Today I learned that Mark Driscoll, the pastor of Mars Hill Church in Seattle, Washington, resigned from leading his church. While those involved with him denied he was disqualified for ministry, the overseeing board of Mars Hill concluded Driscoll had "been guilty of arrogance, responding to conflict with a quick temper and harsh speech, and leading the staff and elders in a domineering manner," but had "never been charged with any immorality, illegality or heresy. Most of the charges involved attitudes and behaviors reflected by a domineering style of leadership."
My heart goes out to Mark, his family, the Mars Hill church, and to all those negatively affected by this situation. I hope and pray Mark and his wife have someone they trust who will minister to them and love them back to their divine calling and destiny.
It is very interesting to me that, in the past several years, other well known evangelical pastors in the Reformed camp have stepped aside for similar reasons (C.J. Mahaney of Sovereign Grace for arrogance, and John Piper took a leave of absence from the pulpit because of pride and to work on his marriage). This indicates a new and important trend in leadership expectation since, in the past, well-known ministerial leaders would only step down for the scandalous sins of adultery, financial fraud and other so-called "big sins."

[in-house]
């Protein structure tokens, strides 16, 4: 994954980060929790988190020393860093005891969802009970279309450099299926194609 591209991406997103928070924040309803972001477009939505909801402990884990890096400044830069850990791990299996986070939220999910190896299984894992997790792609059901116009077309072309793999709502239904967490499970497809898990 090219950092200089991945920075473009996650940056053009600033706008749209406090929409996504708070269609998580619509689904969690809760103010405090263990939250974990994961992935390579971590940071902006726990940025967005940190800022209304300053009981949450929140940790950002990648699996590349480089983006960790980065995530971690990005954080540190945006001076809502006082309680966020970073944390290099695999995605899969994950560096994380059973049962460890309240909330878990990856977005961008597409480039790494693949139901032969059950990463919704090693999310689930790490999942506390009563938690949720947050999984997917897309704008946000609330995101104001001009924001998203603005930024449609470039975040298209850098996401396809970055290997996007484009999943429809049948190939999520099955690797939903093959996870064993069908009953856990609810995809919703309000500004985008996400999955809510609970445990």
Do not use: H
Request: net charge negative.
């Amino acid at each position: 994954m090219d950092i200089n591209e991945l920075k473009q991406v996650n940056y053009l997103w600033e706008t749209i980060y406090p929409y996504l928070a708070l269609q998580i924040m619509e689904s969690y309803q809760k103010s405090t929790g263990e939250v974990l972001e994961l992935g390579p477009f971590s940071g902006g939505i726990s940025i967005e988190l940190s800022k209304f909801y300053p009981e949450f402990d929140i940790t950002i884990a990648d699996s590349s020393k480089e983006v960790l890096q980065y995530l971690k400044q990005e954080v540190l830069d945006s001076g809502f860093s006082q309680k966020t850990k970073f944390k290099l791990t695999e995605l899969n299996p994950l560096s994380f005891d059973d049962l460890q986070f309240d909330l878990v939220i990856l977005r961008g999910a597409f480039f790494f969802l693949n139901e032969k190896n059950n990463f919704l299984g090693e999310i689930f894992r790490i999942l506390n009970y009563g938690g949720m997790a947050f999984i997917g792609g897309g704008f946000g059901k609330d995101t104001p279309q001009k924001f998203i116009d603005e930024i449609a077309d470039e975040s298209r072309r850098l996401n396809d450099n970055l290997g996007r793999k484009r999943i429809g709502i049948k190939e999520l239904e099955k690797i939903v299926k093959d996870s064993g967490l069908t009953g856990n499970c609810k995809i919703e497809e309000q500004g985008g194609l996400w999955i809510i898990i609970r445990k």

I have followed the story of the challenges related to Mark's leadership style since it broke several months ago, and the following are important lessons we can all learn from his unfortunate situation.
1) There is less tolerance for a top-down leadership style in today's culture.
Today's culture is much more egalitarian than the previous generation. In the past decades, most churches and people would sneeze at the charges laid against Mark Driscoll—but not so anymore. God-glorifying leadership has to go beyond a one-man autocratic leadership style to one who leads through empowering teams around him to accomplish the mission. Strong, secure leaders are not afraid of pushback from other inner-circle leaders, and they enjoy having others involved in the creative process of vision, problem solving and execution.
2) There is much more scrutiny today because of social media.
In past decades, Mark Driscoll would probably still be the pastor of Mars Hill. What helped take him down was the vast social-media enterprise that elucidated many of his remarks and retorts from his opposition on the blogosphere. Right or wrong, everybody in the pew has a voice now, and they can say whatever they want about their pastor, the sermons, the church and others on Facebook, Twitter and other social-media platforms. The result is, every leader is now living with the most scrutiny than ever before in human history—and it will only get more intense as time goes on! (Which is why every leader should have a social media task force to deal with unwarranted and negative things said about them on the Internet.)
3) Love is more important than achievement and results.
First Corinthians 13 teaches us, the greatest of all attributes is love! God is not impressed with what we accomplish as much as He is interested in why and how we do the things we do. When we objectify the people in our church to get the results we want we are de-humanizing them and are missing the point—even if we seem to get great short-term results!
4) All executive leaders and lead pastors need both internal and external accountability.